First off, let’s get out of the way that this 27 inch monitor is absolutely huge, though it doesn’t detract from looking good at the same time. It’s a large, AMVA+ panel locked inside that frame, with a thin bezel around the edge. It’s hard to see it when it’s turned off, but when the monitor is on, it becomes clear that there’s a black area around the image where the rest of the bezel on a different monitor would cover.
In terms of stats, this is a full HD monitor, with a native resolution of 1920 x 1080. A contrast ratio of 3000:1 and a refresh rate of 60hz. The panel is an 8bit AMVA+, with a response time of 12ms (4ms GtG) and comes with some neat features, such as “Brightness Intelligence Technology” and “Low Blue Light Plus” mode, which is much the same feature as software like f.lux aims to provide.
Brightness Intelligence Technology, as the name somewhat implies, which brightens up the darker areas of the screen, allowing detail to be seen in those darkened areas. Great for assisting the hunt for enemies hiding in the shadows when playing games, but also quite useful when watching video, especially on scenes that are particularly dark.
However, Low Blue Light Plus is the feature that’s really on offer here. Late at night, or in a darkened room, blue-light causes eye strain, and can also have an adverse affect your ability to sleep. Programs like f.lux appeared and reduced the amount of blue light from your screen in time with the sunset for your regionality. Now, BenQ are adding this as a feature of the monitor itself meaning you can also apply this to your games consoles too, without having to rely on software.
There’s two HDMI inputs on the back, allowing you to connect multiple devices, such as your PC and a games console at the same time along with a standard D-Sub connector, which should cover a myriad of older devices that don’t have HDMI connectivity. There’s also a 3.5mm line-in audio jack, so that you can connect audio to it when using the D-Sub connector, otherwise, audio will come over HDMI. The speakers on this unit are at the back, alongside the connectors - a positioning I find odd, at worst, your audio will sound deadened as it’s projected into the room behind the monitor, though - if you position this against a wall, you’ll at least have the sound reverberated to you.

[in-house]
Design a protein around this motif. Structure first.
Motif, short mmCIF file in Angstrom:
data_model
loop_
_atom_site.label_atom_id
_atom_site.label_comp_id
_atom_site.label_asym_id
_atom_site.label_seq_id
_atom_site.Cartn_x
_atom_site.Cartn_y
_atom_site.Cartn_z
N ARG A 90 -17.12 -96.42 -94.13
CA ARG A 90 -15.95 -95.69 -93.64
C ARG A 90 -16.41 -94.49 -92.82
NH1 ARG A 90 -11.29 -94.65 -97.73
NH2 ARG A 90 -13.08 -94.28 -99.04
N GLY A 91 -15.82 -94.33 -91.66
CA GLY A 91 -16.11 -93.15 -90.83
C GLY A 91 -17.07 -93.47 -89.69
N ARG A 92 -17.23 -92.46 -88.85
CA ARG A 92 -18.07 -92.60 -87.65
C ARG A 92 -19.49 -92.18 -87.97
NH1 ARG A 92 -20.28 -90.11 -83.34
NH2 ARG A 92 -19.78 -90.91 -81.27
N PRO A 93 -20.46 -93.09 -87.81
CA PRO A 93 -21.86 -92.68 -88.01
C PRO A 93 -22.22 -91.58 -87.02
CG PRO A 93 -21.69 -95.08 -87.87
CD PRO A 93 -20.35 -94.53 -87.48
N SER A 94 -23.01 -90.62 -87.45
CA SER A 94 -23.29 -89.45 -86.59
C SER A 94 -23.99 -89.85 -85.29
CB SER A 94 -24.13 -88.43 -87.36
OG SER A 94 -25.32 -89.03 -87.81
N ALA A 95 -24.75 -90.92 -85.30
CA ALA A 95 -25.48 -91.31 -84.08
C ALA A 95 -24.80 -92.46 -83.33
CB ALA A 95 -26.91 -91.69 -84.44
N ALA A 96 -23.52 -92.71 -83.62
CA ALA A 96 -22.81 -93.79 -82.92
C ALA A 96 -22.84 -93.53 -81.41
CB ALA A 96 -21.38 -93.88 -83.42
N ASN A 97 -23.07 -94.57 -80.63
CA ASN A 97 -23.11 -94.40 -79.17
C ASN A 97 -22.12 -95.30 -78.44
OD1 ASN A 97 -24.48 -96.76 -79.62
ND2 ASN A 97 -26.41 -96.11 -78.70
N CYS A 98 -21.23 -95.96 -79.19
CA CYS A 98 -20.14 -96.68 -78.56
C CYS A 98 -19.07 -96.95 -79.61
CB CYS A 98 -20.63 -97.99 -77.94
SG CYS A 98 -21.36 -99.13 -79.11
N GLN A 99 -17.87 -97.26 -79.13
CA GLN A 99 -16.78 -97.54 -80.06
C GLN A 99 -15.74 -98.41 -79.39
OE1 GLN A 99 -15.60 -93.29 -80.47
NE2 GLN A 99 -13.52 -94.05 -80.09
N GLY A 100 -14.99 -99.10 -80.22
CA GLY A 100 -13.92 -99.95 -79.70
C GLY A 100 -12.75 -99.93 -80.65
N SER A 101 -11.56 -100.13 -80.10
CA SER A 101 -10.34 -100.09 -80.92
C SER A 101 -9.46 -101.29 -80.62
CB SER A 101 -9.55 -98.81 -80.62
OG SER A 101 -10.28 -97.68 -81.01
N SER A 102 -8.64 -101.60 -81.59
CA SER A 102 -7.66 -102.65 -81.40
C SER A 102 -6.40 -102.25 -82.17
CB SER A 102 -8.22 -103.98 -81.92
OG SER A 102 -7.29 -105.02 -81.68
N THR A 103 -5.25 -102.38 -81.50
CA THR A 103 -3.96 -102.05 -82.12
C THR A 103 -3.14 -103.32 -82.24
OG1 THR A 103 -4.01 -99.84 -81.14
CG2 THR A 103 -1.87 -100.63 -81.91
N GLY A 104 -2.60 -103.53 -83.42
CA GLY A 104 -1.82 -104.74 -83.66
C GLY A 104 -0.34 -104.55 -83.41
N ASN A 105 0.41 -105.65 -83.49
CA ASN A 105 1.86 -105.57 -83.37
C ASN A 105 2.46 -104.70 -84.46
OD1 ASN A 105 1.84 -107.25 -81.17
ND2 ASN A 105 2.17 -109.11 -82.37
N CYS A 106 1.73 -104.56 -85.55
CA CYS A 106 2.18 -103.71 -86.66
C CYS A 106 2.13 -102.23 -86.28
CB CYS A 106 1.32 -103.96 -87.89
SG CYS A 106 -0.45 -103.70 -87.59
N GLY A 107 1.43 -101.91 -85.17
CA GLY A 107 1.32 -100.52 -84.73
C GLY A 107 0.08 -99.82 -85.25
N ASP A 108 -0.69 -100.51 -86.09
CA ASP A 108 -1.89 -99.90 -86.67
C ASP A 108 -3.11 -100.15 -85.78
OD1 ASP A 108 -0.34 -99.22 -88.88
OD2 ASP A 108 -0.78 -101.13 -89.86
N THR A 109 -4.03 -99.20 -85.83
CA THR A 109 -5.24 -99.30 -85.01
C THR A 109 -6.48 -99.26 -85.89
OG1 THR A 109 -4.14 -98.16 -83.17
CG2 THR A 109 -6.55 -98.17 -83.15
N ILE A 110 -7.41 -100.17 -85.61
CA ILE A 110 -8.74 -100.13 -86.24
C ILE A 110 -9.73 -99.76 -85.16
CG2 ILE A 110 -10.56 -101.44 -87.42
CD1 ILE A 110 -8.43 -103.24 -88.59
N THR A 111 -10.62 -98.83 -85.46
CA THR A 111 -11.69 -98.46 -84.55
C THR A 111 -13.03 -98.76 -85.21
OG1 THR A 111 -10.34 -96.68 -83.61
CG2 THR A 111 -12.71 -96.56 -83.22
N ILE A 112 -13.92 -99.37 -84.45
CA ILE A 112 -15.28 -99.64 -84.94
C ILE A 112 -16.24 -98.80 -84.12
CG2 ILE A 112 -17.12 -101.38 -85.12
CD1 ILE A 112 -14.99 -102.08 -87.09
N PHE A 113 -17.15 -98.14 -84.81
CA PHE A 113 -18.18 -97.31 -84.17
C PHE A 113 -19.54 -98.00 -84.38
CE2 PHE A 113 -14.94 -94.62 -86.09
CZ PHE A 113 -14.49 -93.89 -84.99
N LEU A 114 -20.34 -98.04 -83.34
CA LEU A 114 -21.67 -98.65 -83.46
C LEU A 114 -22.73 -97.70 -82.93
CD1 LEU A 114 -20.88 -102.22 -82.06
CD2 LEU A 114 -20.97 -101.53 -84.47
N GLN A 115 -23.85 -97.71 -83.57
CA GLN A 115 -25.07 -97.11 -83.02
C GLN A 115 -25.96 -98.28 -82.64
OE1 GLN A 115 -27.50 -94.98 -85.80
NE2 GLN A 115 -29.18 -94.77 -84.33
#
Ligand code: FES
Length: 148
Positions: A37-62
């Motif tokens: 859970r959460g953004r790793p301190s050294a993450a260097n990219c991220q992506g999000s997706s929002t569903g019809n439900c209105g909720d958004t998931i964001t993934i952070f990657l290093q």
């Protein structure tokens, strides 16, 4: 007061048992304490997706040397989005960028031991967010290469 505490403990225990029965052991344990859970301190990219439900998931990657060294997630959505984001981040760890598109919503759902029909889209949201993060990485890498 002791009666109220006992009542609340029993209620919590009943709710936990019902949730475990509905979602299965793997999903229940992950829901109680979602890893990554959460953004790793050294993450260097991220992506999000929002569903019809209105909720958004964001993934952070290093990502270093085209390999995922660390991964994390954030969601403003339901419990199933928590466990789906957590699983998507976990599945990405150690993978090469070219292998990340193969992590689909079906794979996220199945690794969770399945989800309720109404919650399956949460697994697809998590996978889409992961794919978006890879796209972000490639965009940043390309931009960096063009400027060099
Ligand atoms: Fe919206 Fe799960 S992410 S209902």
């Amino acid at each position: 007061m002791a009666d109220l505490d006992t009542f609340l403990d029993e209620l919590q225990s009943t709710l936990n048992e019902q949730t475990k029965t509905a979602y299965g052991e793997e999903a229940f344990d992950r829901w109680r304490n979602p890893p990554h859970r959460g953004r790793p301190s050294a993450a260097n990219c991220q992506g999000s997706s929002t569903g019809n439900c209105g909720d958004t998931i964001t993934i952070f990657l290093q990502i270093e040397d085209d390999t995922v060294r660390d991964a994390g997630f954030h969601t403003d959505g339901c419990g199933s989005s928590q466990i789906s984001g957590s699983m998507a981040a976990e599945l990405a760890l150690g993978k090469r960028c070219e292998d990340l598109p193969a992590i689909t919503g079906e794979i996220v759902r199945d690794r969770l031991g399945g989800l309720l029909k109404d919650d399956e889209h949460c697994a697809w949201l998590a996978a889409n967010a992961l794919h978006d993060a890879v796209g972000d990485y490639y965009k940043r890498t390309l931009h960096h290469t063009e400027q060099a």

Sadly, BenQ have changed their stand design with this monitor, which no longer allows for the great range of positioning from previous line-ups. You also can’t twist this one into portrait mode on the stand, which is another great feature lost. You might be thinking “no problem, I’ll just use an aftermarket stand”. Alas, no. There’s no VESA mounting points on this unit - so that’s out of the question too. You’ll have to use the included stand - or find another monitor instead.
BenQ EW2775ZH Review
The BenQ EW2775ZH is not a small monitor. At 27 inches, it dominates the desk that it’s placed upon, bestowing its grandeur to the AMVA+ panel that it contains. Sporting a full HD resolution of 1920 x 1080, a native contrast ratio of 3000:1, though locked at a refresh rate of 60hz, it’s a nice monitor for the middleweight end user, but gaming enthusiasts may want to look elsewhere.